Barbara E. Barich
This chapter discusses the collection of objects, in clay and stone, from various pastoral Saharan sites whose original core area lay between Libya (Tadrart Acacus) and Algeria (Tassili- n-Ajjer). The chapter starts from the general theme of the relationship between the figurines and the subjects they represent, and the difference between two-dimensional and three-dimensional representation. It goes on to discuss the manufacturing process of the clay specimens (dating from between 7000 and 4000 years ago) and the significance of the changes introduced by the Neolithic. Most of the items studied fall into the category of zoomorphic figurines, with only two anthropomorphic examples, and find in the depiction of cattle their most striking subject. These representations possess an evident symbolic content which must be framed within the pastoral ideology of the Saharan Neolithic. In the anthropomorphic figurines the representation of the human body also plays the role of recapturing the sense of wholeness.
Excavations of Southern African farming community sites have yielded two figurine types. The first comprises coarse clay figurines found in clusters in central areas in homesteads. These clusters contained anthropomorphic and animal figurines that resemble material culture used in twentieth-century southernmost African initiation schools. The second figurine type, associated with domestic areas, is finer and included toys and stylized human figurines. The stylized human figurines resemble historical figures that embodied ideas about male ownership over the female body, procreative powers, and spirit. The decorations on the stylized female figurines resemble body scarification that might have been used to express personhood. This chapter suggests that the production and use of these clay figurines were enmeshed in ideas about sex and gender, and that figurines materialized ideas, in both ceremonial and domestic contexts, about the adult body as sexed and gendered.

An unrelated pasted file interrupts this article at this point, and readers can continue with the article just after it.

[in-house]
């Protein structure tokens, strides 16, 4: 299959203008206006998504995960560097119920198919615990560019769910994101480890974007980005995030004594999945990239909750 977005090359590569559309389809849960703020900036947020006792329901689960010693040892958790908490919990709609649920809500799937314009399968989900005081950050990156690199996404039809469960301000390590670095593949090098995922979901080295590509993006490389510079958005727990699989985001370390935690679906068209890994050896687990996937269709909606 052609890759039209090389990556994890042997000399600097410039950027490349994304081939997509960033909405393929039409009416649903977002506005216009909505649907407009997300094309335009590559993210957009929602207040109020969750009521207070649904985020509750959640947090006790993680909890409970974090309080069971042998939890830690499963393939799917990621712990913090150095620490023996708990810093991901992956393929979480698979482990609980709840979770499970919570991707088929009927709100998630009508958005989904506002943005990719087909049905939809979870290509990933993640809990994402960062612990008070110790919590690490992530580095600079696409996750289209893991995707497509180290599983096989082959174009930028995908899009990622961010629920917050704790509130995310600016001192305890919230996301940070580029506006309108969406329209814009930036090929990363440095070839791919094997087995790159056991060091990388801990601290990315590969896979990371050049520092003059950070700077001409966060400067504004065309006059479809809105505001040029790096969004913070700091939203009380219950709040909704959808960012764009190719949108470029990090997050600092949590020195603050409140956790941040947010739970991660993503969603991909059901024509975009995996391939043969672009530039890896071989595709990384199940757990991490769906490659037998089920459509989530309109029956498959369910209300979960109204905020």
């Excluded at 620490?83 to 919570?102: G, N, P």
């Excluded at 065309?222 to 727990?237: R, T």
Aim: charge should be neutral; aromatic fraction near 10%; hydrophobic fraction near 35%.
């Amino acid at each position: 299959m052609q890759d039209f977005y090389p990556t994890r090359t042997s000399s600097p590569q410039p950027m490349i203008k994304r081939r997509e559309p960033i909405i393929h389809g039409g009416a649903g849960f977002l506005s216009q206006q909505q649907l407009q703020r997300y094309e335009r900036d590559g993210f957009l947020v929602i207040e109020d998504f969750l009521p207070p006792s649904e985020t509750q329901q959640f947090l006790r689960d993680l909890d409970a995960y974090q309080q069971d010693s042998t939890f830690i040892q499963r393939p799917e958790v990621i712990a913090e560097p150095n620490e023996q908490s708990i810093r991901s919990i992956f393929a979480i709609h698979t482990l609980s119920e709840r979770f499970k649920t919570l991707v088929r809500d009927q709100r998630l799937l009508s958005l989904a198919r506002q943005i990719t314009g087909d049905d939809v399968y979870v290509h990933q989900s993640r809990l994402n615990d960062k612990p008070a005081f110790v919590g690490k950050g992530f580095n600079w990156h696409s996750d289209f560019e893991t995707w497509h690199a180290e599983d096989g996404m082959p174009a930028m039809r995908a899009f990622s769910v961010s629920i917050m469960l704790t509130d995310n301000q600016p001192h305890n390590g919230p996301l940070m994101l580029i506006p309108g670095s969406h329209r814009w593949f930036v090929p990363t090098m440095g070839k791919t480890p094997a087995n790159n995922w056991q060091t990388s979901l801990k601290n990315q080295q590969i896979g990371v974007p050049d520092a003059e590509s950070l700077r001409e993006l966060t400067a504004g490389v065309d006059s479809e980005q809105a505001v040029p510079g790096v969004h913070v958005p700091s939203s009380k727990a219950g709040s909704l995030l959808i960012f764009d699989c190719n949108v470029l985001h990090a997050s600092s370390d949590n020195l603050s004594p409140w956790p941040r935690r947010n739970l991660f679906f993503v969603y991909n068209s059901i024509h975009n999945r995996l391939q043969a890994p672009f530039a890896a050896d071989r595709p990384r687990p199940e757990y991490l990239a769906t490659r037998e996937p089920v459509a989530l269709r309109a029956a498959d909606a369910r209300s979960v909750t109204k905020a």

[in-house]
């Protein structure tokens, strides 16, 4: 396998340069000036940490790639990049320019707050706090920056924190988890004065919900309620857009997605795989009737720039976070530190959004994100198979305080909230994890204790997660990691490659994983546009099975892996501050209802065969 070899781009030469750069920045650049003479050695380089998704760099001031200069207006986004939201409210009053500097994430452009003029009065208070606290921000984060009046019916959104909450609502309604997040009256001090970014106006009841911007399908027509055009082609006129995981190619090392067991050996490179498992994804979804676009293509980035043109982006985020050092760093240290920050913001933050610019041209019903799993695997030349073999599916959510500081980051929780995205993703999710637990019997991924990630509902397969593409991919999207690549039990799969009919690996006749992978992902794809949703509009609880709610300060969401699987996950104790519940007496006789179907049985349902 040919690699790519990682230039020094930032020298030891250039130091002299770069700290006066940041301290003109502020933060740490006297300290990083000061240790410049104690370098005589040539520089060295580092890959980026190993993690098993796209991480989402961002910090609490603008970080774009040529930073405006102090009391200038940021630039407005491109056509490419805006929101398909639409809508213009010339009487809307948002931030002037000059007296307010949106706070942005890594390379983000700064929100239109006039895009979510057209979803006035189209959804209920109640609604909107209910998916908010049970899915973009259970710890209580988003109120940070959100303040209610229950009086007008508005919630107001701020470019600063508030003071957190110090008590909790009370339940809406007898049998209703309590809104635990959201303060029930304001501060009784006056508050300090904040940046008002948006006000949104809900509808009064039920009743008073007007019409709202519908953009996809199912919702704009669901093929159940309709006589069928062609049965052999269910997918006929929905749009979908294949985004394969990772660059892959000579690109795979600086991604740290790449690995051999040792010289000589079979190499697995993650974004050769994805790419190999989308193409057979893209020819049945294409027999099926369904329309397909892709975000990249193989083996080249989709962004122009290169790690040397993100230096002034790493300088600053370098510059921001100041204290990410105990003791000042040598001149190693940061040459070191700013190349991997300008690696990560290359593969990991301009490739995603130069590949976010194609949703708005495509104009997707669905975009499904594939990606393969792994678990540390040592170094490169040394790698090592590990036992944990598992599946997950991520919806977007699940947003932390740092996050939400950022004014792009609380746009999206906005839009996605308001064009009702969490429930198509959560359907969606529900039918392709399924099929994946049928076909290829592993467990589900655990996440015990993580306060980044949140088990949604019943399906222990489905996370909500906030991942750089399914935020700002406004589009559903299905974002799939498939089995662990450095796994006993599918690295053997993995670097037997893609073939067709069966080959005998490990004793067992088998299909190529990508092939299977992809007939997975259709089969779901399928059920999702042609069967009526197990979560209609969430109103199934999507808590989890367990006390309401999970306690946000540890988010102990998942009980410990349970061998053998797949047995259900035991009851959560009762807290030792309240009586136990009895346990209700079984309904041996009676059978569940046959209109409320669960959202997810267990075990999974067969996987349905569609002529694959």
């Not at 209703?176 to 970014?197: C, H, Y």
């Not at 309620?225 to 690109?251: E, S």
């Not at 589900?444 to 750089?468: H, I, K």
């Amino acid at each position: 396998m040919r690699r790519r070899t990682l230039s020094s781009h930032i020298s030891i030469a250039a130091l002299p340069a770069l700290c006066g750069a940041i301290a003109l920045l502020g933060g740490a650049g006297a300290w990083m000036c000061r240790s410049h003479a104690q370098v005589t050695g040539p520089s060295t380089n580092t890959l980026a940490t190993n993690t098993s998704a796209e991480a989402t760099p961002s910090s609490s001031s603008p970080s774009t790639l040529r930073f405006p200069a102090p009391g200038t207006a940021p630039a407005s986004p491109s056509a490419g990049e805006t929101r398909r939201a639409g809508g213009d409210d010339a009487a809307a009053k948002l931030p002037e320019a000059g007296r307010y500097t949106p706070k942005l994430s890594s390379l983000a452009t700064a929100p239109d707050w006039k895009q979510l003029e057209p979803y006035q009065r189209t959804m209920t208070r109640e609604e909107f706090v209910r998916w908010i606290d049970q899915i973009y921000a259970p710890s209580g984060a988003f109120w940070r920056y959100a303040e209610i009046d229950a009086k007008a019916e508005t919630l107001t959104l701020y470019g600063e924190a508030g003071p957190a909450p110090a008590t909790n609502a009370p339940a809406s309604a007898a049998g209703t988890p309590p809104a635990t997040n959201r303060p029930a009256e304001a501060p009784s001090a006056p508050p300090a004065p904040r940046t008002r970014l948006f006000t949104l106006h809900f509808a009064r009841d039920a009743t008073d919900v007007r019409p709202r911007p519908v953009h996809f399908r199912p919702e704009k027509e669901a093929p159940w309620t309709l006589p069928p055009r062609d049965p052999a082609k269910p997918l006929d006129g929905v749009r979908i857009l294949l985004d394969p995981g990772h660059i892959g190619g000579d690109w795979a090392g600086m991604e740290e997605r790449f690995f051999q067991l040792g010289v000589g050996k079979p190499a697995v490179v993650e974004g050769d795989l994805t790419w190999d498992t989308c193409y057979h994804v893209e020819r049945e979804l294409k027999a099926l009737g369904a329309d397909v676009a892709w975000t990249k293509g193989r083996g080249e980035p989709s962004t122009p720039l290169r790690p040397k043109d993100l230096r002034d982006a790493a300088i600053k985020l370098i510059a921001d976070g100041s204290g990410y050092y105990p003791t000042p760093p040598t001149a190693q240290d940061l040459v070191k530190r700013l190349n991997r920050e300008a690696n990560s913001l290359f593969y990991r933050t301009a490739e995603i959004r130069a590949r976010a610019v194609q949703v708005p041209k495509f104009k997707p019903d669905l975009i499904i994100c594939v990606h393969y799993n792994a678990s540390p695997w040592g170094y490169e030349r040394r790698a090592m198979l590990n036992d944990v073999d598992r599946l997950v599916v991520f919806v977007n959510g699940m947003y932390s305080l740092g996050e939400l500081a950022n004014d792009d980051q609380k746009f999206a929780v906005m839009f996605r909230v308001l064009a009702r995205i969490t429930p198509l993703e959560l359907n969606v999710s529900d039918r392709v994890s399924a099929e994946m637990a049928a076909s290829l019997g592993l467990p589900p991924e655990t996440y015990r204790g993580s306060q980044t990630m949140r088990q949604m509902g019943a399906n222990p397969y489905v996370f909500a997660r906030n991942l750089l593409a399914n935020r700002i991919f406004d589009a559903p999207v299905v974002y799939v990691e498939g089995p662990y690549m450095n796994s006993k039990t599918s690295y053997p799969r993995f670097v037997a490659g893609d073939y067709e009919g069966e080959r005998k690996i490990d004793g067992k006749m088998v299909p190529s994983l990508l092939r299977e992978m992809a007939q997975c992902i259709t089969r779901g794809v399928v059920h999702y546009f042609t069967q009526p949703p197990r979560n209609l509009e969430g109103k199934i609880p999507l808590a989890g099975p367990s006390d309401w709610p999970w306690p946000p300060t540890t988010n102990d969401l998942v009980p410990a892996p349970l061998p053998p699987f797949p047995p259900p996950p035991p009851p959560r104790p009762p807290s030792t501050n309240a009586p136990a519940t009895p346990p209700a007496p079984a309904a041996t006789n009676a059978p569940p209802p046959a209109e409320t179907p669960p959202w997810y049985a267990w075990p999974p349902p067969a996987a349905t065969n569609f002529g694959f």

Figurines are widely found in archaeological contexts in West Africa. Mostly of clay, more rarely in stone or wood, they served varied purposes. This chapter explores archaeological figurines from across West Africa, focusing upon the main regional concentrations in Sierra Leone, Guinea, Liberia, Ghana, Nigeria, Mali, Burkina Faso, Niger, Chad, and Cameroon, before considering broader interpretive themes. These figurines were ascribed different meanings and had diverse functions. Ancestor figurines recur. Others were perhaps linked with healing and medicine. The internal cavities found in some suggest they might have been perceived as power objects; considered as invested with personhood of some form. Many are found in ritual contexts—shrines, burials—and were likely linked with religions. Others were probably toys. What they seem not to have been is ‘art’, and when labelled as such they become commoditized, and the target of looters and dealers in illegally obtained figurines from West Africa.
The Iron Age of southern Africa covers the spread and occupation of Bantu-speaking farmers during the last 1,500 years. Archaeological research of these farmers was heavily influenced by the Central Cattle Pattern, a settlement model which, as one of its main concepts, argued that cattle were the most important domestic animal since the first farmers settled in southern Africa during the first millennium ad. Various arguments have been presented to support this view, including the presence of cattle dung, cattle herd sizes, informants and ethnography, and weights of livestock, as well as ageing and skeletal part data. These arguments have been challenged recently, and new interpretations offered. New interpretations unrestricted by the Central Cattle Pattern have focused on descent patterns of farmers. Changes in identification methodology and measures of changes of livestock over time have played a major role in these new interpretations.